If you are playing sports outdoors, make sure you choose sunglasses that have shatter-resistant frames and lenses. While street glasses may seem trendy, a sharp piece penetrating your eye can cause permanent damage, including blindness. For contact sports or impact sports, such as basketball, baseball, tennis or football, wear sports goggles with polycarbonate lenses (3mm thick is recommended) and side shields which pass the guidelines set forth by the ASTM (American Society for Testing and Materials). 

Remember that children need their own real sunglasses, not cute toys. Children need the same protection and are at greater risk for retinal damage caused by short wavelengths of light. Take the time and care to find a pair for your child. Children’s sunglasses are available at most optical stores.

Alright, so you’ve renewed your commitment to sun protection going forward. How do you make up for all the sun-worshipping you’ve already done?

Here are some quick fixes to ameliorate or reverse the damage done. 

  • BOTOX® Cosmetic: Commonly used to reduce or eliminate the appearance of facial wrinkles. It is injected under the skin into areas surrounding the eyes, forehead and mouth to smooth crow’s feet, frown and worry lines. Results can be seen within a few days and can last three to six months.
  • Laser Skin Resurfacing: Wrinkles around the eye respond very well to Laser treatment. A micro beam of laser energy is used to remove the sun-damaged skin around the eyes. As the skin heals, new collagen is formed and lines are markedly diminished. Sunspots are also removed as new healthy skin is regenerated. Typically the procedure is done in the office with local anesthesia and the skin heals within days. Although redness may persist for a few weeks, it can be covered with makeup and will not impact normal activity.
  • Wrinkle Fillers: Sun damage and age can lead to a loss of collagen and fat in the face and around the eyes. There are a variety of wrinkle fillers that fill in hollows and eliminate facial lines. Restylane and Juvederm are fillers that are useful to get rid of fine lines. Deeper lines and folds can be treated with Radiesse or Perlane. Sculptra is unique as it acts as a catalyst for new collagen growth in all parts of the face. It is injected and can actually be manipulated to “sculpt the face” to give an overall more youthful appearance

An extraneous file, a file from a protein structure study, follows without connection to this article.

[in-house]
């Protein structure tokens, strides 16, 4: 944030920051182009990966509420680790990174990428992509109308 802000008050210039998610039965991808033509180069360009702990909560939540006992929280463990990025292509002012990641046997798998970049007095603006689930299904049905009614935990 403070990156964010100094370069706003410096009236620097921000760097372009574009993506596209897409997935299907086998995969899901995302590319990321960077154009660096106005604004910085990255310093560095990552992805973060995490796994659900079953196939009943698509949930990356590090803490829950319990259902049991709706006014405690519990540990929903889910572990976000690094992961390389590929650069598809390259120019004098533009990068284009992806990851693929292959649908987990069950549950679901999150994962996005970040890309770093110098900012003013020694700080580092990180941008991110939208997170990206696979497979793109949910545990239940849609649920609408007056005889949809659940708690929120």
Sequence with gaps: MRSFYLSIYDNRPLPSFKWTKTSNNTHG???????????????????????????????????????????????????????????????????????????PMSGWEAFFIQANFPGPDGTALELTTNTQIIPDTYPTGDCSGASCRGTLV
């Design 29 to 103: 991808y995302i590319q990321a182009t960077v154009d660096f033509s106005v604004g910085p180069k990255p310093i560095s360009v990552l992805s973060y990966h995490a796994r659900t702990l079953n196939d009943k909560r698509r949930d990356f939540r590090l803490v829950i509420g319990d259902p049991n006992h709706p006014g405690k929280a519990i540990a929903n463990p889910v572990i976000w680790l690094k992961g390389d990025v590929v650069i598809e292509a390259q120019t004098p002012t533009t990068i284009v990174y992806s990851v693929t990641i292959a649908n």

• IPL (Intense Pulsed Light): Intense Pulsed Light (IPL) facial rejuvenation treats some common signs of sun damage, including brown spots, freckles and uneven skin tone. Usually, four to six treatment sessions, lasting about 20 minutes each, will provide long term results, with no downtime.

Choosing one of these procedures can restore your youthful appearance quickly and easily.

No matter what you choose to do during the summer months, remember that a few simple steps go a long way. Your eyes and skin are easily damaged, with long-term repercussions. Straightforward precautions and regular eye exams will keep your eyes bright and problem-free during the summer and beyond.

David A. Schlessinger, M.D., Medical Director of Schlessinger Eye & Face, is Board Certified by the American Academy of Ophthalmology. Dr. Schlessinger is the Director of Oculoplastic Surgery at Nassau University Medical Center. In addition to teaching the residents, he is called upon to see the most challenging and difficult eyelid surgery cases. He performs reconstructive surgery for both trauma & cancer patients. For more information visit or call 515-496-2122